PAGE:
As for the Hayabusa’s new clothes, we’ll leave the aesthetic judgments to you. Aerodynamic efficiency, something the old Busa had over the more powerful ZX-14, is optimized with a wider fairing and a 15mm-taller windscreen to better shelter its rider. The body panel joints are now smoother and have no exposed fasteners, and the top of the fuel tank is lower to allow a tighter full tuck. The tailsection has an enlarged speed hump that will stir some commotion on the message boards, and it also sports integrated turnsignals that are said to “evoke a jet engine motif.” Front turn indicators are nestled into the edges of the air intakes in the nose.

'The clutch also has the Suzuki Clutch Assist System that increases the amount of force on the clutch plates without using stiffer clutch springs.'

Also sure to be controversial is the Busa’s new exhaust system. The triangular muffler canisters on the 4-into 2-into-1-into-2 arrangement look ungainly but are a product of more stringent emissions standards. A catalytic converter is placed where the four head pipes meet under the engine.

“Listening to the sound of Aaron Yates and the new Suzuki Hayabusa going past a few feet from pit wall at close to 190 mph, I just couldn’t believe how quiet the bike was,” Bayly relates. “Almost knocking me off the wall, the sound of the windblast was actually louder than the exhaust.”

In the unrestricted environment of a racetrack, the burlier Busa doesn’t fail to thrill, allowing full use of its mega power. “With walls and fences everywhere, and the big fairing allowing me to get right under the airflow, the view across the clocks was surreal,” says Bayly. “The closeness of the walls greatly exaggerated the already intense speed, and every time you crank the throttle the track just seems to come at you in fast forward. The power is seamless and oh so abundant.”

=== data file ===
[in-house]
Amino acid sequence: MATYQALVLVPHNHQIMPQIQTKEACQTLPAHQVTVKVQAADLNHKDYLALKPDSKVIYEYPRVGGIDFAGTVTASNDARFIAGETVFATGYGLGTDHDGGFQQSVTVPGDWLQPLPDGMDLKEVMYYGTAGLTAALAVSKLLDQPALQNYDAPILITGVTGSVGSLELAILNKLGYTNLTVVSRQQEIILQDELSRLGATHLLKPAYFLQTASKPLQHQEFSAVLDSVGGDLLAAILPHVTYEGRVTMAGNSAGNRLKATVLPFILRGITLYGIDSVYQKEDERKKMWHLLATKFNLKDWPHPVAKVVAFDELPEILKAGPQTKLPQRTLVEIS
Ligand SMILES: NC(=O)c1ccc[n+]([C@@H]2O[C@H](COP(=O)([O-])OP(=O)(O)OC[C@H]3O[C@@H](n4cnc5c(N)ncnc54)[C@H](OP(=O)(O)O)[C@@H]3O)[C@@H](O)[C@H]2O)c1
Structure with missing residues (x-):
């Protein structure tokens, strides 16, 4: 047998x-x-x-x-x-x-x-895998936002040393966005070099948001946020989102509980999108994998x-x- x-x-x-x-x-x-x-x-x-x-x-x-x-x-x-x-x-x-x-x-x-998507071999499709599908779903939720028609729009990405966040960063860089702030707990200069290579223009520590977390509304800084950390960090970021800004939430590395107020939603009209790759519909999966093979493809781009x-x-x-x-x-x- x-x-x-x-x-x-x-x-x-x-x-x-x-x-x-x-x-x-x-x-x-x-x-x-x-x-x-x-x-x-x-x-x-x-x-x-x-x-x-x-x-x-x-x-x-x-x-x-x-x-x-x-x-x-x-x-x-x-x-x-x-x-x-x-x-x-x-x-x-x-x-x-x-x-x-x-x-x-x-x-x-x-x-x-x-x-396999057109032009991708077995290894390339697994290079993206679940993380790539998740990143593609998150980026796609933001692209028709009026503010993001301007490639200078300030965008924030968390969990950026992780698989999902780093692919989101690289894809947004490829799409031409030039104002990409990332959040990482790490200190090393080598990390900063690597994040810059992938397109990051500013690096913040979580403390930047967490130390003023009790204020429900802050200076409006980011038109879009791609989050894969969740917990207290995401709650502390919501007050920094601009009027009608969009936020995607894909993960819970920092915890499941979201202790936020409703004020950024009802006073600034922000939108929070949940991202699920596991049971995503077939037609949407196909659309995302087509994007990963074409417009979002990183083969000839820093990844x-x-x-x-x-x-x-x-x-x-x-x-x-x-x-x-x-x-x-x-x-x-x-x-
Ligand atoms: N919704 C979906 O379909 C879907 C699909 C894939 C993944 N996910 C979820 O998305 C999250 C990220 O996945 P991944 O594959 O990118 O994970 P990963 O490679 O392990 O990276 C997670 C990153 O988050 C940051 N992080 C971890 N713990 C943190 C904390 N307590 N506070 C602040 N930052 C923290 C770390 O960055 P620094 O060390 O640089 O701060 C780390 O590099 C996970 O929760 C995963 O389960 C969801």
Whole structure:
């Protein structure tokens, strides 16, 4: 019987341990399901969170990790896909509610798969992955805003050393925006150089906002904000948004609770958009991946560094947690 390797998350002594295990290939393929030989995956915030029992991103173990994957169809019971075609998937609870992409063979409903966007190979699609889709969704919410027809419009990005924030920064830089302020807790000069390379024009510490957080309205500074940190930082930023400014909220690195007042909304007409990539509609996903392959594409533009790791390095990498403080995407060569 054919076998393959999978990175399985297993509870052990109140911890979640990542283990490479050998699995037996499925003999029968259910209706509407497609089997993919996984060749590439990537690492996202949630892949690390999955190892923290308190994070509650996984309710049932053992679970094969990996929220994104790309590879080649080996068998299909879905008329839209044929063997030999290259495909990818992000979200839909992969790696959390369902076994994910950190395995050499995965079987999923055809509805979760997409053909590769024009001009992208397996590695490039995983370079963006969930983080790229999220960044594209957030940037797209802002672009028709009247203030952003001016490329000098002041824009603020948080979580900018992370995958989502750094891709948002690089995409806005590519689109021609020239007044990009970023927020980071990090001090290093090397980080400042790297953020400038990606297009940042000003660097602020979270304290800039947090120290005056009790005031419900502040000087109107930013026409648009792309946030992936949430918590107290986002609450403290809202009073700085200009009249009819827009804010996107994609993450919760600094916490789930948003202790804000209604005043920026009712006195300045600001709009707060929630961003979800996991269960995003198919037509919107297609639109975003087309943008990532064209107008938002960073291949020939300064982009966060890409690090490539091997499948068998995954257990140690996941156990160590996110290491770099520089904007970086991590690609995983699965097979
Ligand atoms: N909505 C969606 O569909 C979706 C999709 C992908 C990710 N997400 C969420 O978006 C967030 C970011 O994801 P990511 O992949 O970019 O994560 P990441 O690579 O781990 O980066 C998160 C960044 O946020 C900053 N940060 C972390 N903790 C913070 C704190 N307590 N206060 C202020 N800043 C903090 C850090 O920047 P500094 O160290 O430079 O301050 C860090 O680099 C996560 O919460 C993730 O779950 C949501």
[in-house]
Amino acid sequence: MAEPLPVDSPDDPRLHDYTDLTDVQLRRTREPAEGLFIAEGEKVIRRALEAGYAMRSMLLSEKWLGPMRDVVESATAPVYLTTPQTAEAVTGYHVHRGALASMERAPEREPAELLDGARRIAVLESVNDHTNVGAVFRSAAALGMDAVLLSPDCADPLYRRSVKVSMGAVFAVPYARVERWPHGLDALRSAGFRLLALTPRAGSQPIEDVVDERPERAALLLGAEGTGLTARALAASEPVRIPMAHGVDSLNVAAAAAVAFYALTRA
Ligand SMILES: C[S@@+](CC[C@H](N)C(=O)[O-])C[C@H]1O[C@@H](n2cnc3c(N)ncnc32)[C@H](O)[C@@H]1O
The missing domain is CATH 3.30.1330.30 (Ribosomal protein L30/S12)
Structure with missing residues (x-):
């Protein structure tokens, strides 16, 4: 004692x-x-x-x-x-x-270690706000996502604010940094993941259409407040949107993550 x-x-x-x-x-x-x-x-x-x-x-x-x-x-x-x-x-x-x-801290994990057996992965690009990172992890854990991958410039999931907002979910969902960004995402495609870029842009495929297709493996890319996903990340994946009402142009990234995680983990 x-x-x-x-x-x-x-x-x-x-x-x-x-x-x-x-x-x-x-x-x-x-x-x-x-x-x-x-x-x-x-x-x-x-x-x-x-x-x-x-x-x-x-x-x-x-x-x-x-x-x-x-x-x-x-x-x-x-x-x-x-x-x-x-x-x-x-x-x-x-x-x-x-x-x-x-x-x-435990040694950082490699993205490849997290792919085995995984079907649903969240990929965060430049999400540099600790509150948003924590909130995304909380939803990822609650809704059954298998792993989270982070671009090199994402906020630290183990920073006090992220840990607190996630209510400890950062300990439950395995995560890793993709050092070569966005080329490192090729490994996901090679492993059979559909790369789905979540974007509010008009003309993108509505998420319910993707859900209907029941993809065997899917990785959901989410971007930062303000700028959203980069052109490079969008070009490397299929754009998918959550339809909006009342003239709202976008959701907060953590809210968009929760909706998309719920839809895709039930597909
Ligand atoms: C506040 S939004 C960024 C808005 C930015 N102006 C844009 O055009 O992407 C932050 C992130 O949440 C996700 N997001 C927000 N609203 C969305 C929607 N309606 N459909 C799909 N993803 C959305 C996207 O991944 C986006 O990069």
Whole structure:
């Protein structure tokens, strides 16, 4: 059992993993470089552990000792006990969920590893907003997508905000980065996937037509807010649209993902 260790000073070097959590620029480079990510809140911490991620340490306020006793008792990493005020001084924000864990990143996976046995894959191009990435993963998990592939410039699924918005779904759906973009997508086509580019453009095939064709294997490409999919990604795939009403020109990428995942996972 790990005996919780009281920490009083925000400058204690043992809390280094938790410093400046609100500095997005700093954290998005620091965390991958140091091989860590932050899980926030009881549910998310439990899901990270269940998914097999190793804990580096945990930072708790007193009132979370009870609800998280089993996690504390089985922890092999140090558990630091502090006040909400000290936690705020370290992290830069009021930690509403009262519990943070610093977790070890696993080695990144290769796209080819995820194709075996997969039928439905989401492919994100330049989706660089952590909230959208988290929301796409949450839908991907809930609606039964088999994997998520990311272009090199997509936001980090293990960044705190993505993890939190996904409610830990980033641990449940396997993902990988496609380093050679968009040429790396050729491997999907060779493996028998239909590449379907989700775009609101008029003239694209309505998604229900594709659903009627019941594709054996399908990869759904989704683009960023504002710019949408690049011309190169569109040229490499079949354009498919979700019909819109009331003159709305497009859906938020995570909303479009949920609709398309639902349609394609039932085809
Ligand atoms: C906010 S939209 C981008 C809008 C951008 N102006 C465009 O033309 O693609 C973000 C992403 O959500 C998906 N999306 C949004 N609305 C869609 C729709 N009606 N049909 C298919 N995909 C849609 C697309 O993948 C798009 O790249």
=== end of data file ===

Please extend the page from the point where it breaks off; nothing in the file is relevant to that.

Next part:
So, depending on how you think about streetbikes, perhaps Suzuki’s claim of the new Hayabusa as “the ultimate sportbike for the road” has some merit. For some, it’s just too heavy and too powerful, but for others, this invigorated Busa is exactly what they’re looking for. We’ll give Bayly the last word.

“As the first significant overhaul to the all-conquering Japanese bird since 1999, the new 2008 Haybusa is everything the old one was and more. Faster, better handling, and with stronger brakes, the performance element is not going to disappoint. Looking sharper and more modern, without losing its distinct appearance, Busa lovers are not going to be unhappy either.

“And for the rebel without a clue, who thinks their V-Twin’s 67 horsepower and a set of loud pipes makes them a Bad Ass, well they are still going to hate the big, ugly lump of plastic as it goes by them at close to the speed of sound.”

Source Motorcycle.com